Oh, isn’t that nice…the Rose Rock Capital of the World. Harrington says he isn’t aware of a place in the area that would be producing Chrome 6? Reports about the contamination from Tinker AFB are easily accessible.

This image was from a presentation done by the USGS for the Oklahoma Water Board regarding the Garber Wellington aquifer. So concerns about contamination from the industrial processes in the area was mentioned in 2009.  Maybe Harrington missed that meeting? (Note that the study the USGS cites is dated from 1987.) Maybe this 2008 land use report that the ACOG has published is clouding Harrington’s memory of Tinker AFB, Building 3001 and Soldier Creek? Check this out:

Cooperation, collaboration and future visioning are key tenets to a study that is currently being conducted between Tinker Air Force Base and the greater Oklahoma City metropolitan region.

The Association of Central Oklahoma Governments (ACOG) serves as the primary sponsor of the Joint Land Use Study (JLUS), which is funded by the US Department of Defense, Office of Economic Adjustment.

The study is a cooperative land use planning effort. It is designed to promote community growth and development that is compatible with Tinker’s training and operational missions.

I don’t think this guy has the public safety at heart. He is part of the association that brings development to the area. Toxic drinking water is bad PR, you would think that more questions would be raised from the local media. Here are some links to media articles from the area…it is interesting to read these when you know the facts about Chrome 6.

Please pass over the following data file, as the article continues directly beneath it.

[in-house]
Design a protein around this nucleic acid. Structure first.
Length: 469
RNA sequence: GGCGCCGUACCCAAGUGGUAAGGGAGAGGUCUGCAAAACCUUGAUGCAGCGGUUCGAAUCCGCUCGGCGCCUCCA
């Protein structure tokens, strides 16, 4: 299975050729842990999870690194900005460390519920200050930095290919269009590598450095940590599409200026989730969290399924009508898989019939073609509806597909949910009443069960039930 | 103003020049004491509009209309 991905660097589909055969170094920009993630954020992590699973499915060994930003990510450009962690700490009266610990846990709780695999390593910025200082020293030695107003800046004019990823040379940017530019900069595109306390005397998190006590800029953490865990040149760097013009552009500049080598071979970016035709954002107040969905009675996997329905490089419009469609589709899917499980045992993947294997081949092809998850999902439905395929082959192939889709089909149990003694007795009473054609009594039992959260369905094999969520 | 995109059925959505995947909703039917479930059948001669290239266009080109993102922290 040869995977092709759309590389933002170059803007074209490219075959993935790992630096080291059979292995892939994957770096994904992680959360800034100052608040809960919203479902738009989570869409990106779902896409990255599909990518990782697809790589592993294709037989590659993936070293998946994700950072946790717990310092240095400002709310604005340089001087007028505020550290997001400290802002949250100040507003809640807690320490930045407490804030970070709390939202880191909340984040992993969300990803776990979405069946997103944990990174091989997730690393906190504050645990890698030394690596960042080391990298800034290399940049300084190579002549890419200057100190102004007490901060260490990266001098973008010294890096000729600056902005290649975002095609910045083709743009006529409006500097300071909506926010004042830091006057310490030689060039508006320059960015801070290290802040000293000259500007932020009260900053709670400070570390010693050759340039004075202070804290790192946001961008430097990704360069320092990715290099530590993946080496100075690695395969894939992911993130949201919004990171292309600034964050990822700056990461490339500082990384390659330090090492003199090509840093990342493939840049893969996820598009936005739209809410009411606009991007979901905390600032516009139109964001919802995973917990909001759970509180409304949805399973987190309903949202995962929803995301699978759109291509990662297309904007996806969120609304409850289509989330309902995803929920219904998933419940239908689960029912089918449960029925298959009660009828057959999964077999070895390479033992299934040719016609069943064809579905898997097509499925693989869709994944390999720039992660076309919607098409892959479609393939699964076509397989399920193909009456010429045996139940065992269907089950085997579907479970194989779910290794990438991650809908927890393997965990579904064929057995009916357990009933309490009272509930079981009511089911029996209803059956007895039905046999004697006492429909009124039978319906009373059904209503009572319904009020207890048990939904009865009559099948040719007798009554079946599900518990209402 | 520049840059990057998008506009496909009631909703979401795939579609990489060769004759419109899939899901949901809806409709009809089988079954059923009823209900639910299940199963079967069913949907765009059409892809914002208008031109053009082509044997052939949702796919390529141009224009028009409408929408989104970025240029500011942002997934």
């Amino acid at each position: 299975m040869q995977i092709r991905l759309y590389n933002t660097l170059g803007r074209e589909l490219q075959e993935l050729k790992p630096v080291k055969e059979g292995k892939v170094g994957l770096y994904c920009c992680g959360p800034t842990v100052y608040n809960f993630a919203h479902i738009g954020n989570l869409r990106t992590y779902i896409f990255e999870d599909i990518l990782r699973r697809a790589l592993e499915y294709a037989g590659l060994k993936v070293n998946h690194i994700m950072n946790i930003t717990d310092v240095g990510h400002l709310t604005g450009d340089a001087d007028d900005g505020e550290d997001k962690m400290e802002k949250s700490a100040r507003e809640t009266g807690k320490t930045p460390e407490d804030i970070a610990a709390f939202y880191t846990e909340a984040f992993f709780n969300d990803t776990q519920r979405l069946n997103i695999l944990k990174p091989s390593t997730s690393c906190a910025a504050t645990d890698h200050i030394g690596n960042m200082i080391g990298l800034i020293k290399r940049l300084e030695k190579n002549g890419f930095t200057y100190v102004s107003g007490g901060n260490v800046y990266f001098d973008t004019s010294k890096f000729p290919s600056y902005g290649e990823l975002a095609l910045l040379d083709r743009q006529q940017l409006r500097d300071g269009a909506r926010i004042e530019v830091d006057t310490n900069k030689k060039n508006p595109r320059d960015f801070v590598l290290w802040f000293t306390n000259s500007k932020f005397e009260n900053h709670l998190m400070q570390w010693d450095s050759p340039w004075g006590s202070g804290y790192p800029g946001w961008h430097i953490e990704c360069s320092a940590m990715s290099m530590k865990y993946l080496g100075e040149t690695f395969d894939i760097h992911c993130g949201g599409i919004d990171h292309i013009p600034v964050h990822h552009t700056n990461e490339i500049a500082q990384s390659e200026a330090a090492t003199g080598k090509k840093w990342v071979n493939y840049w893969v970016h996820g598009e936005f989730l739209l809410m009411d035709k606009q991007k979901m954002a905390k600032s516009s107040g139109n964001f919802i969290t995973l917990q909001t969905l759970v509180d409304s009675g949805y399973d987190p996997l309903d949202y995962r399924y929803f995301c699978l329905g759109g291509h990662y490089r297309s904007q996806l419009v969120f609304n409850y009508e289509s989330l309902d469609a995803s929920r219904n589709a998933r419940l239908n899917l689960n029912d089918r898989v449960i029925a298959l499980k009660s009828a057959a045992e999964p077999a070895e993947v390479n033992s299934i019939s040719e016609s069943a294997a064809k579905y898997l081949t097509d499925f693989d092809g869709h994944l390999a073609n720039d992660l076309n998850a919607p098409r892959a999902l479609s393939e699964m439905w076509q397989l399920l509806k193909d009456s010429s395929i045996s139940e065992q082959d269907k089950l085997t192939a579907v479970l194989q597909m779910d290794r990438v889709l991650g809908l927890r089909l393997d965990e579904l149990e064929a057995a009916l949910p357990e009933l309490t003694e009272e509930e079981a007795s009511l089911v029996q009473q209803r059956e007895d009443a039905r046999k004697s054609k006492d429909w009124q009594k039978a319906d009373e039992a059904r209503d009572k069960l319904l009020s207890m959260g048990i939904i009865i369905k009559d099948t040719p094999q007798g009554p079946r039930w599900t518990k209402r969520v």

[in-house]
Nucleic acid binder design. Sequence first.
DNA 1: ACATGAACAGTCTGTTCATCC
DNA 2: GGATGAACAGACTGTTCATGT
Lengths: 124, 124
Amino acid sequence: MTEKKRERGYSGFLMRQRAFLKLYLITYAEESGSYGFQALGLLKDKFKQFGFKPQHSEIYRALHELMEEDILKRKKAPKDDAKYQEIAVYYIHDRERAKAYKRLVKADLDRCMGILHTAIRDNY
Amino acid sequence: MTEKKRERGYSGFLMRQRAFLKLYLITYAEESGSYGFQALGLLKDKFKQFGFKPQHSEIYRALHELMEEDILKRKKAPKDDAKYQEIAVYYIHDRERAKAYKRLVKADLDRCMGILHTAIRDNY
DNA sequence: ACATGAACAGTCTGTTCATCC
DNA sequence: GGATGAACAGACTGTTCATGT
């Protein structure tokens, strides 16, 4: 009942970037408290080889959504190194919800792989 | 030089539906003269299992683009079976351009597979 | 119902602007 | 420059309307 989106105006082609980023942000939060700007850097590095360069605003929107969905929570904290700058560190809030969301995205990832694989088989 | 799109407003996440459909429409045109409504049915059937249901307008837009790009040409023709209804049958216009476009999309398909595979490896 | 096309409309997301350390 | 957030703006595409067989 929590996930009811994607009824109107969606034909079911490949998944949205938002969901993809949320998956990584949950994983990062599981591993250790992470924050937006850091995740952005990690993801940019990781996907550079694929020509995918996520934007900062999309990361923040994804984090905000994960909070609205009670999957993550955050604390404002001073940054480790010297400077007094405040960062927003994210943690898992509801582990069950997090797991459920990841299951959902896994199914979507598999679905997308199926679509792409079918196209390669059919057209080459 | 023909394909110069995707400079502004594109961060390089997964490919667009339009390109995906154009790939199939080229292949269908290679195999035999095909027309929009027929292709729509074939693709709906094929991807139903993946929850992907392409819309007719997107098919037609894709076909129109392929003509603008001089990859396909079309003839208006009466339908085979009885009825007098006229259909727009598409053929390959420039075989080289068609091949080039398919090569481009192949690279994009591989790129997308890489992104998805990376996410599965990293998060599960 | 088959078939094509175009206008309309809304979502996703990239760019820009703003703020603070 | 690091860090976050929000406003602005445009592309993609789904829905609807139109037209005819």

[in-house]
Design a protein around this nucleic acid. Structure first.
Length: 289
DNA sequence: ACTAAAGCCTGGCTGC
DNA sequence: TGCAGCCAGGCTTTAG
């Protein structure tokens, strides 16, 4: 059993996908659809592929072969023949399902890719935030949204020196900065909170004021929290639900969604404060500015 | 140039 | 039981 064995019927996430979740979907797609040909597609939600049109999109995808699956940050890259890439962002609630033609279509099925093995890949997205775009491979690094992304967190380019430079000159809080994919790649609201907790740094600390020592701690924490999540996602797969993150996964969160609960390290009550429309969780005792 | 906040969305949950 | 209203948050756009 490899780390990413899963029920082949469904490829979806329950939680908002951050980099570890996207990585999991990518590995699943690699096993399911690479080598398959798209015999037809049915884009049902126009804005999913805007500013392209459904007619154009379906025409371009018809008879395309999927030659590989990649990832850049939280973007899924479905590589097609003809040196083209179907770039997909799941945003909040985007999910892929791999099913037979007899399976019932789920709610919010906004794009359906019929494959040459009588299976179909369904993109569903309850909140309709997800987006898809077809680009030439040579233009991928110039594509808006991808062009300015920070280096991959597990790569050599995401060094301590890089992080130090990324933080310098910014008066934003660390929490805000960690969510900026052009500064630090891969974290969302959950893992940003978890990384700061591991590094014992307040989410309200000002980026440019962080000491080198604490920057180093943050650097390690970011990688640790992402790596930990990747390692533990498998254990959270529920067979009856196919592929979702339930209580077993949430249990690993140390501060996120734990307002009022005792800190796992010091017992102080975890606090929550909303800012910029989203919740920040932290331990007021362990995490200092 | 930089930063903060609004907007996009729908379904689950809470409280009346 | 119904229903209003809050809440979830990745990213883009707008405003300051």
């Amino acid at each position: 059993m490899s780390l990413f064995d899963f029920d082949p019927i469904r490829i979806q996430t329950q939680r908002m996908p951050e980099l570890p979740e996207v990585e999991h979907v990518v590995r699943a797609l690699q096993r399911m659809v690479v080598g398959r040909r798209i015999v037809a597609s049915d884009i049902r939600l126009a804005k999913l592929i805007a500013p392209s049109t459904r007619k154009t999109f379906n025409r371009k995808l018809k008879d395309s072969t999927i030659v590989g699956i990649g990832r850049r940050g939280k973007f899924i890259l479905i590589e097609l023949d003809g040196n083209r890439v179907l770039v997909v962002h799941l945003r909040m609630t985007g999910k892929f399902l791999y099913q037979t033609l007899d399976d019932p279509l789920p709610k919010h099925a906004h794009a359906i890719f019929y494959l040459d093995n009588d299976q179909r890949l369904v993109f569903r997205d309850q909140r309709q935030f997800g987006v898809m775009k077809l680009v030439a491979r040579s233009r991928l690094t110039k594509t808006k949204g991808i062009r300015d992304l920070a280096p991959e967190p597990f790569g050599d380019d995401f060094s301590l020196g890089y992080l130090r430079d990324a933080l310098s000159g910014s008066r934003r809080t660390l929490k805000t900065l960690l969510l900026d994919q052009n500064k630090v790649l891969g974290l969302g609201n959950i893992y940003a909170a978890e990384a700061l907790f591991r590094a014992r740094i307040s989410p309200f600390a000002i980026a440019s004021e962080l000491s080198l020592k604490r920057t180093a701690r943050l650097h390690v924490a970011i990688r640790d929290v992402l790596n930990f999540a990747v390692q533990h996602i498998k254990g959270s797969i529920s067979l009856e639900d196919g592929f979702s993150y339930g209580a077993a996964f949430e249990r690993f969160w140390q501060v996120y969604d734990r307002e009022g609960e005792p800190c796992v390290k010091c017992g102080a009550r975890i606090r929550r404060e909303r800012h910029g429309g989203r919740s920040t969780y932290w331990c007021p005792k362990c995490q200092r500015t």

Norman gets more from Garber-Wellington aquifer | Journal Record, The (Oklahoma City) | Find Articles at BNET

The article above is from 2008, Norman had to get more permits to tap into the Garber Wellington aquifer. So more contaminated water is being used in the system.

Erin Brockovich, chromium and cancer |

Norman water’s level of chromium-6 is 200 times California’s proposed limit |

California chromium 6 regulation a contentious and lengthy process |

Safety questions remain on chromium 6 |

City asks EWG for specifics >> Headlines >> The Norman Transcript

Voices of Oklahoma >> Beyond The Tap: Q&A on Norman water issues

Judge Approves Questioning of Schlumberger Employee and Resident – KWES NewsWest 9 / Midland, Odessa, Big Spring, TX: |

What I find interesting too, is the tone of the articles regarding Chromium 3. There is a lot of mention that is a “good” thing and a necessary nutrient for healthy living. And that Chromium 6 is known to change into Chromium 3 in the body…well they do not discuss the toxic reactions of that change from Chrome 6 to Chrome 3. If you read the last post of mine, you can see technical proof of the health problems this conversion can cause.

The area’s annual cancer incidence rate is also a bit alarming. The top 4 counties that have higher rates than the US average are Oklahoma, Tulsa, Cleveland, Canadian. Of these counties, Oklahoma, Cleveland and Canadian counties get their tap water from the Garber Wellington aquifer. I don’t think this is a coincidence.

And if you think the EPA is going to set a maximum amount for Chromium 6 in drinking/tap water, think again. According to this EPA’s Lisa Jackson Has Checkered Chromium Record |

New Jersey Tenure Marked by Stifling Health Warnings on Deadly Substance

WASHINGTON – December 27 – Three days before Christmas, EPA Administrator Lisa Jackson promised swift action on the presence of hexavalent chromium (or chromium-6, the substance made famous by Erin Brockovich in California) in drinking water after meeting with 10 U.S. Senators. During her tenure as the top environmental official in New Jersey, however, Jackson stalled or minimized health warnings on chromium-6, including those from her own staff, according to materials posted today by Public Employees for Environmental Responsibility (PEER).